June 16, 2005
Potassium Deficiency Symptoms
are again seeing corn fields with areas in the fields that are stunted with the
lower leaves yellowing and browning along the margins. This is a symptom of K
deficiency, but is often due to poor root function rather than a shortage of K
in the soil. The end rows are often better than the rest of the field, probably
due to the different soil structure where the traffic and/or tillage pattern
has been different. Usually the fields look fine until the corn gets to be about
knee high, then corn in areas of the field stop
growing and the lower leaves turn yellow. Good corn can be right next to
extremely stunted corn with no apparent reason for it. The corn in these areas
remain stunted and the lower leaves remain yellow, but they usually yield
better than expected.
Anything that restricts root growth during the initiation of the nodal root system can lead to the problem. The nodal roots emerge within an inch of the soil surface. If there is something in the surface inch or so that the roots don't "like" they don't function properly. There can be large differences among hybrids in showing this phenomenon. Shallow planting and/or soil settling or eroding after planting aggravates the problem. If the soil hasn't been tested recently, soil samples should be taken to make sure it is not a true K deficiency problem. Soils that are low or marginal in K are more likely to show the problem. In many fields it is difficult to come up with an explanation why the problem is appearing. It is most common in no-till fields, but shows up in tilled fields as well. In tilled fields, it can show up where the soil is fairly "fluffy", especially under dry conditions. Since the end rows usually look better, it could be that a little surface compaction actually helps to alleviate the problem. There is nothing that can be done when the problem appears. Antonio Mallarino will have an article in the next ICM Newsletter regarding the problem.
Lang reported finding soybean aphids in
beginning to look like soybean rust is not likely to be a major problem in
ran into a field where two-spotted spidermites were
damaging soybean. Interestingly, it was on heavier soil where there had
been some rainfall recently. For information on scouting for and managing
two-spotted spidermites in soybean, see pages 148 -
149 of the July 22, 2002 Integrated Crop Management Newsletter or http://www.ipm.iastate.edu/ipm/icm/2002/7-22-2002/spidermites.html.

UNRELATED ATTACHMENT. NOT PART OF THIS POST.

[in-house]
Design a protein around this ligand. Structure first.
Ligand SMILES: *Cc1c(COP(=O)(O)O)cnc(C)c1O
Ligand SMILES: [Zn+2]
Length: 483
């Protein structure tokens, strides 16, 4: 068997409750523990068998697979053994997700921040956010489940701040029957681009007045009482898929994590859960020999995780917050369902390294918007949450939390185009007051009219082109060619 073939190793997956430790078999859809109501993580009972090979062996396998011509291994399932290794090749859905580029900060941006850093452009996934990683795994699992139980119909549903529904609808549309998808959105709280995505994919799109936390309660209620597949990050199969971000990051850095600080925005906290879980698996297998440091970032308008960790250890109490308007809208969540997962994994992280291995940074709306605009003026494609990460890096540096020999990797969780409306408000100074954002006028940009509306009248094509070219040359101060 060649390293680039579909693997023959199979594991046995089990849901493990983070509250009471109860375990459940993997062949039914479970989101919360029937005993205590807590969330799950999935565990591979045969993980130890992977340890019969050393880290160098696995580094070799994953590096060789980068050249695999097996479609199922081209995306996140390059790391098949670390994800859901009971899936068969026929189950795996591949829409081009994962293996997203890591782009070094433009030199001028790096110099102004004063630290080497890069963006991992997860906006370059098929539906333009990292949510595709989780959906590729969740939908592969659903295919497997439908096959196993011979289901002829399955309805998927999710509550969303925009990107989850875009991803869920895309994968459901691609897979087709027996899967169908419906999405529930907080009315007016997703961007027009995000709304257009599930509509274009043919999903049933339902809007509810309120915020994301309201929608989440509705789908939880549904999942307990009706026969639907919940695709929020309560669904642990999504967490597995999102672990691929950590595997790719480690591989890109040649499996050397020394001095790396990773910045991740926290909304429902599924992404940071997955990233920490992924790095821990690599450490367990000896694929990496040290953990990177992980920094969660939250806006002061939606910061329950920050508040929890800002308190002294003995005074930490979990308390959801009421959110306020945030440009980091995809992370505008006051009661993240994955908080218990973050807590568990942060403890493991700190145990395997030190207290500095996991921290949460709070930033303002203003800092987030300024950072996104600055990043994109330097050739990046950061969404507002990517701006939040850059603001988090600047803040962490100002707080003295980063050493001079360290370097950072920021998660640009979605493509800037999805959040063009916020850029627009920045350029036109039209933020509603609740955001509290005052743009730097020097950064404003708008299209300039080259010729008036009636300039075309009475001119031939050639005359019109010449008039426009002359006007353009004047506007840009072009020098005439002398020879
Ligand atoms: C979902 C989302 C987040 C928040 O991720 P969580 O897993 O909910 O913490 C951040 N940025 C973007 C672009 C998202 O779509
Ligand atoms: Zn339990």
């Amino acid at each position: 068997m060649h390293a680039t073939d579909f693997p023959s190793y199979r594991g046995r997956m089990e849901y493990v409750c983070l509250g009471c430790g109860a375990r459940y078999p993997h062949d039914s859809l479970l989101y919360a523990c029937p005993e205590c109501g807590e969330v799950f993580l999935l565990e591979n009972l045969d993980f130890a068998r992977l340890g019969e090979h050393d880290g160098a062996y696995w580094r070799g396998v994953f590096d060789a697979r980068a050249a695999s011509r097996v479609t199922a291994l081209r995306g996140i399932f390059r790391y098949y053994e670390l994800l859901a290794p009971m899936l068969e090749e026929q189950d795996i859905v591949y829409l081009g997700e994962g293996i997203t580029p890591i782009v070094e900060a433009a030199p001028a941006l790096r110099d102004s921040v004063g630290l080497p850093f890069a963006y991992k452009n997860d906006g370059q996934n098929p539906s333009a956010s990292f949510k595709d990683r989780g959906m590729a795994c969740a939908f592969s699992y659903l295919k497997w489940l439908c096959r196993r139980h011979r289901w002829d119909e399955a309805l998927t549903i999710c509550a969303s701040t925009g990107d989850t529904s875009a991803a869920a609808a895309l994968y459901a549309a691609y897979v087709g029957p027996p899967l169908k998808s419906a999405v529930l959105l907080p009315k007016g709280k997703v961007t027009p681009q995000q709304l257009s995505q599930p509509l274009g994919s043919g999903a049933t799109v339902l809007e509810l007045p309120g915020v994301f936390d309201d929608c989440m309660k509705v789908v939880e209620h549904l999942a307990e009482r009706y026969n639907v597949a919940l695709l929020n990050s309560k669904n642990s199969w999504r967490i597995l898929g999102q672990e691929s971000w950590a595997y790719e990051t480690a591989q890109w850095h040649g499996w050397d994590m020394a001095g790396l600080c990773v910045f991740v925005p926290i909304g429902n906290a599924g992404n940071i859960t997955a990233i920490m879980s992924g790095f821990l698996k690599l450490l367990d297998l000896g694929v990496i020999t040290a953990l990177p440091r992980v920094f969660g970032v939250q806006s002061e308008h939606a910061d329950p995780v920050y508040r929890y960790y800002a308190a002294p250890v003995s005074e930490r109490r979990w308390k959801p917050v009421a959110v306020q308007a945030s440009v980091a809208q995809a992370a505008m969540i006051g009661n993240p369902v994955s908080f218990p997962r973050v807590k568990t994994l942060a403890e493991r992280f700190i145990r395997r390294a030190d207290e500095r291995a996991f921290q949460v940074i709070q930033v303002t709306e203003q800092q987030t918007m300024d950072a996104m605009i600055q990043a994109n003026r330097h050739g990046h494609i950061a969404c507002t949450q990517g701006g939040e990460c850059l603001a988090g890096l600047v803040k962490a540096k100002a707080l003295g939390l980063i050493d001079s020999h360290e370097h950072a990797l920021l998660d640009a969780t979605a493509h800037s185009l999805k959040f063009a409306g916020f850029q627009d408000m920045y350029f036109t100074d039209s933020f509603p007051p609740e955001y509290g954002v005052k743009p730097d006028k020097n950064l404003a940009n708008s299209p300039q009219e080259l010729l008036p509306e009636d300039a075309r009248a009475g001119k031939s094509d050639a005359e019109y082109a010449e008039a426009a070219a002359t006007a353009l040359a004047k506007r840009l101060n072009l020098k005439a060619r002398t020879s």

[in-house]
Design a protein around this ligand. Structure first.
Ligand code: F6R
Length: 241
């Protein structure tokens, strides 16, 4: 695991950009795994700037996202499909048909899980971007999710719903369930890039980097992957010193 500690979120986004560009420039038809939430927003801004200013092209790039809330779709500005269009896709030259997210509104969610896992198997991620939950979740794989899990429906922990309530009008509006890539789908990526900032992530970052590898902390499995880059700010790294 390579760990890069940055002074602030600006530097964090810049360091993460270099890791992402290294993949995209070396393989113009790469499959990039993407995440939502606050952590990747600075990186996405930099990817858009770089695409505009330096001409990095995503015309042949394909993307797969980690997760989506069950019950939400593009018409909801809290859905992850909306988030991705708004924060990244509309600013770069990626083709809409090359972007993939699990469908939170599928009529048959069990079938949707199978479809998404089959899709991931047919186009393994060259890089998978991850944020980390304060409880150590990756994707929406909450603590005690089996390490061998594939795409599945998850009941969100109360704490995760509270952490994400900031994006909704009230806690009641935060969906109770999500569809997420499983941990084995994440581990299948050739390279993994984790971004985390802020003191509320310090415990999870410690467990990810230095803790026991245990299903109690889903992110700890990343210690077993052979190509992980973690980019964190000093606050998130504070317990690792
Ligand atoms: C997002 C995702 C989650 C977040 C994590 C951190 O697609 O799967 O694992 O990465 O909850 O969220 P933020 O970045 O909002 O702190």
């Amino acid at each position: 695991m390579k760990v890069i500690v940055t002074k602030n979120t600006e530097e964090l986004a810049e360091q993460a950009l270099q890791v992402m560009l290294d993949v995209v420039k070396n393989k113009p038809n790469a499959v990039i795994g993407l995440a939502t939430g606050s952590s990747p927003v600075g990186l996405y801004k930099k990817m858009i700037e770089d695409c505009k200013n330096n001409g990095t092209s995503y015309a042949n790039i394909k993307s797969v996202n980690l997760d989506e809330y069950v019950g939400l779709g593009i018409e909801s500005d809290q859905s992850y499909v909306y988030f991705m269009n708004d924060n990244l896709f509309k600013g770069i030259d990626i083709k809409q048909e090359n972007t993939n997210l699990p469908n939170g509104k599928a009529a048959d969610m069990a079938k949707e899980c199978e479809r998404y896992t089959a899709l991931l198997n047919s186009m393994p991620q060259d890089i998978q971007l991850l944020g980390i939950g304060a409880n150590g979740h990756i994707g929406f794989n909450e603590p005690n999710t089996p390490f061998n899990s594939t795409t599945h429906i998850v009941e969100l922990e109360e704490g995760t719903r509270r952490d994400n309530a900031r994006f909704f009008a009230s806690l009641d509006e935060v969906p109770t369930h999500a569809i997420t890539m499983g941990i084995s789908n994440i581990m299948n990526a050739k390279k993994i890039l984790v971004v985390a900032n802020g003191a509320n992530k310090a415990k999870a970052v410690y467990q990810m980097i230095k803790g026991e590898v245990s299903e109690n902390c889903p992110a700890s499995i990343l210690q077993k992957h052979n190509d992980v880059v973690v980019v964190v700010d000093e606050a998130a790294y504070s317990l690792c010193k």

numbers of potato leafhoppers can be found in many hay fields. Be sure to
also use a sweep net to monitor potato leafhopper numbers and treat if numbers
exceed the threshold. For more information on managing potato leafhopper,
see pages 107 - 110 of the June 21, 1999 Iowa State University Integrated Crop
Management Newsletter or http://www.extension.iastate.edu/Pages/eccrops/potatoleafhopper.html.
Remember, waiting to see hopperburn is waiting too
long as substantial losses have already occurred by that time.
FOR YOUR CALENDAR
"Asian Soybean Rust Outlook", by Alison Robertson and X.B. Yang, will be the featured presentation at the annual spring field day tour at the Southeast Research and Demonstration Farm, Crawfordsville. Also featured on the tour will be "Tile Drainage on SE Iowa Soils", by Greg Brenneman, ISU Extension Ag Engineer; "Vertical Tillage Results, Soil Conservation Progress and Rewards in Iowa, & Crop Season Review", by Bruce Trautman, NRCS Area Conservationist & Kevin Van Dee, ISU Farm Superintendent; and a choice between "Soybean Aphids - Will They Be Back?", by Matt O'Neal, ISU Entomologist, or "Is Grape Production For You?", by Patrick O'Malley, ISU Extension Horticulturist.
Brush up on Your Soybean Disease Identification Skills and Earn CCA Credits - SE Iowa Research and Demonstration Farm - June 23
Other foliar soybean diseases
will be showing up this summer, regardless of whether soybean rust makes its
If you have any questions, please feel free to contact the Iowa State University Extension Office.
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